Multicultural student orgs aim to make new students feel home
On a predominantly white campus, University of Michigan’s multicultural student organizations often play an critical role in creating communities for minority students. This year, multiple student organizations made strides to create a more inclusive Welcome Week for their new peers.
Students groups such as Black Student Union, the African Student Association, the Caribbean Student Association, Arab Student Association and Assisting Latin@s to Maximize Achievement all held events during this year’s Welcome Week to welcome students back to campus. The Office of Multi-Ethnic Student Affairs assisted in a number of events as well.
While this year’s enrollment report has yet to be released, underrepresented minorities make up 12.8 percent of the undergraduate student body, according to last fall’s figures.
The second annual Umoja Festival was one of the many events organized by the Black Welcome Week committee this year. “Umoja” is a Swahili word for unity, and the BSU, African Student Association and the Caribbean Student Association all planned the event. The festival, held on the Diag at the end of last week, served as a way to connect the incoming freshmen with each other and the campus.
Education senior Camyrea Barnes, BSU secretary, said Umoja and other Black Welcome Week events can be crucial programming for incoming students.
“The Black community, when I was a freshman, welcomed me,” she said. “And I wanted to do my job as a senior to welcome the Black community and welcome the freshmen into the community, to let them know that when things go down, when they deal with microaggressions, when they deal with bias incidents that happen to them, or just being a student here — that they know that they have the Black community here to lean on.”
Music, Theatre & Dance freshman Mattie Levy attended Umoja, and expressed her excitement about the SIBS mentorship program and the additional groups she plans on joining after Welcome Week.
“SIBS is support for incoming Black students,” Levy said. “You can sign up to be a big sib or a little sib. So for freshmen, I’m a little sib so you’ll get a mentor ... at the event, they gave us soul food, they had activities and they had a magic show. I’ll probably join the Black Student Union too. That community is going to help you, always have people there for you, always have somewhere to go, someone to call.”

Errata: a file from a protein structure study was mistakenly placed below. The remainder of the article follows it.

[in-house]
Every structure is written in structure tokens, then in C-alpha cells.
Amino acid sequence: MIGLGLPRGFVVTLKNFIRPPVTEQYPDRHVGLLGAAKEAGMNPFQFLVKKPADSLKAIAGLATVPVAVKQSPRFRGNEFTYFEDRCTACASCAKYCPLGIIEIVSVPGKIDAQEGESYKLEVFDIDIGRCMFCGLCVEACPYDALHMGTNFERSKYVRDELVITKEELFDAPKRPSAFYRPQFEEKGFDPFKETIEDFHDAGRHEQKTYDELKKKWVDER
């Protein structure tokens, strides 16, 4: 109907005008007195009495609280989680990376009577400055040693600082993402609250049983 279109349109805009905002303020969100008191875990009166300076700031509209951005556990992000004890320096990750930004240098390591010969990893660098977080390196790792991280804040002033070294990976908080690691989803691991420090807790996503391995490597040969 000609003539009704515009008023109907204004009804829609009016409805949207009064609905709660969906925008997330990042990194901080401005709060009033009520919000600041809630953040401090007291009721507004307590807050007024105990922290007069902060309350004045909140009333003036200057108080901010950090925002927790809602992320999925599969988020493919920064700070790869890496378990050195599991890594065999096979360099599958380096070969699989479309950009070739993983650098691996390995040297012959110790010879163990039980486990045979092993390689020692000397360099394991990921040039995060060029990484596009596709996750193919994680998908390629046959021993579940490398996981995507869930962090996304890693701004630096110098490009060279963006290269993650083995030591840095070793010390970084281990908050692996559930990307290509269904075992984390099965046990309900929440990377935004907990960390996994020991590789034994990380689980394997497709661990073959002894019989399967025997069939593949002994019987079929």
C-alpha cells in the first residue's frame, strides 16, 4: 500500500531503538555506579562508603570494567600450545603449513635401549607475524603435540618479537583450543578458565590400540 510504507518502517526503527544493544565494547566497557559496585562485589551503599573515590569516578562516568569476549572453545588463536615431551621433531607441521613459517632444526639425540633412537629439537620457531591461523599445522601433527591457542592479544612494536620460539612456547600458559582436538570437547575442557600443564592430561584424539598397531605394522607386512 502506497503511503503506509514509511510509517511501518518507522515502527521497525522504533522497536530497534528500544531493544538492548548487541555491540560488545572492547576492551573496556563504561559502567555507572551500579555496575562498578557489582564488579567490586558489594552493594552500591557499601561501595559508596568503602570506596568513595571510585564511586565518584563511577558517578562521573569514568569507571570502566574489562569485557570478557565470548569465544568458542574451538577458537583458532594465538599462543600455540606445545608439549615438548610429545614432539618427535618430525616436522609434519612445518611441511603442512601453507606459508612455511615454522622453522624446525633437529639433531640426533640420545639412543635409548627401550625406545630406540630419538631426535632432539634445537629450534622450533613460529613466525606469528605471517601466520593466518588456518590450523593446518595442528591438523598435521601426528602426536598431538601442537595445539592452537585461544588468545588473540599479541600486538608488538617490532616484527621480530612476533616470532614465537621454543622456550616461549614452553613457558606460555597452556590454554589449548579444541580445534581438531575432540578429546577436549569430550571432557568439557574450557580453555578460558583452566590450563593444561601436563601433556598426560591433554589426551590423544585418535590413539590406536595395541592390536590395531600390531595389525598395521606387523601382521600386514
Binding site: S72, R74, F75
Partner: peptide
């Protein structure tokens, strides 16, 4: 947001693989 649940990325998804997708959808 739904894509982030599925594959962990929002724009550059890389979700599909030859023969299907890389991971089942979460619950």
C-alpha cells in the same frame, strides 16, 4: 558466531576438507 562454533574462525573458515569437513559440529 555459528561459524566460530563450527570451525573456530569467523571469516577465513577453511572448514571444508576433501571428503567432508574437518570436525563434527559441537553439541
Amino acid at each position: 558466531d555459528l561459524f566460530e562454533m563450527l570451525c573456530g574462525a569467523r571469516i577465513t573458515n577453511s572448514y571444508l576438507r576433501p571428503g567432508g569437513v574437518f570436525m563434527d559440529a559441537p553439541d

Earlier in the month, Assisting Latin@s to Maximize Achievements held an additional student orientation for their student participants. The orientation was a four-day program through which incoming students were given introductions to faculty and given resources that promote their academic, cultural and emotional wellbeing.
Last fall, ALMA participants painted messages of Latinx identity and pride on the Rock, only to find racist graffiti plastered over the popular student landmark. Community members repainted the Rock in solidarity the next day, and students began more concereted efforts to organize.
“A year later and the momentum is still growing,” Ford senior Yvonne Navarrete, former La Casa lead director, wrote in a Facebook post this week. “The Latinx community bounced back and hasn’t looked back.”
LSA sophomore Ronnie Alvarez, head of ALMA, shared his excitement about the turnout and meaningful relationships built during the orientation.
“I was very surprised that the participants were able to create very meaningful relationships despite the large group and limited time,” Alvarez said. “They also have expressed that they feel a lot more aware of the resources that are available to them at the University. ALMA is important for this campus because it helps students transition into a space where they are largely underrepresented. ALMA participants become empowered through the workshops centered around their identities and also become much more aware of the resources that the University has to help them succeed.”
The Office of Multi-Ethnic Student Affairs and the Arab Student Association also hosted an event called SALAM — Successful Arab Leaders at Michigan. SALAM is a two-day program that aims to introduce incoming Arab students to campus resources, support networks and the Arab community. They met with current students and faculty, and as LSA freshman Hilal Bazzi recounted, the event was important for his social acceptance on campus.
“Coming from Dearborn, we have one of the largest Arab and Muslim populations,” Bazzi said. “Coming to the University of Michigan — it’s a much more diverse population ethnically, racially, and religiously. I thought it was very important to stay true to who you are and be able to connect with others like yourself on campus. So finding this community, connecting with this community, and educating others about your culture and identity I think is so important.”
Public Health junior Nour Eidy, SALAM’s co-organizer, said she believes there are more steps to be taken when planning multicultural events. She thinks programs like SALAM are especially meaningful when building the social and emotional wellbeing of incoming students.
“I know that we’ve done programs like Arab and Latinx Wolverine Day where we’re trying to show new admitted students all the community has to offer, but we really wanted there to be a follow up to that,” Eidy said. “Now you’re here, what now? Your journey has begun, where’s the community at, where’s that family aspect we were talking about? There’s such value in peer mentorship and when it’s organic, when you have shared identities and similar identities it’s this whole new level of comfort and trust that’s built up.”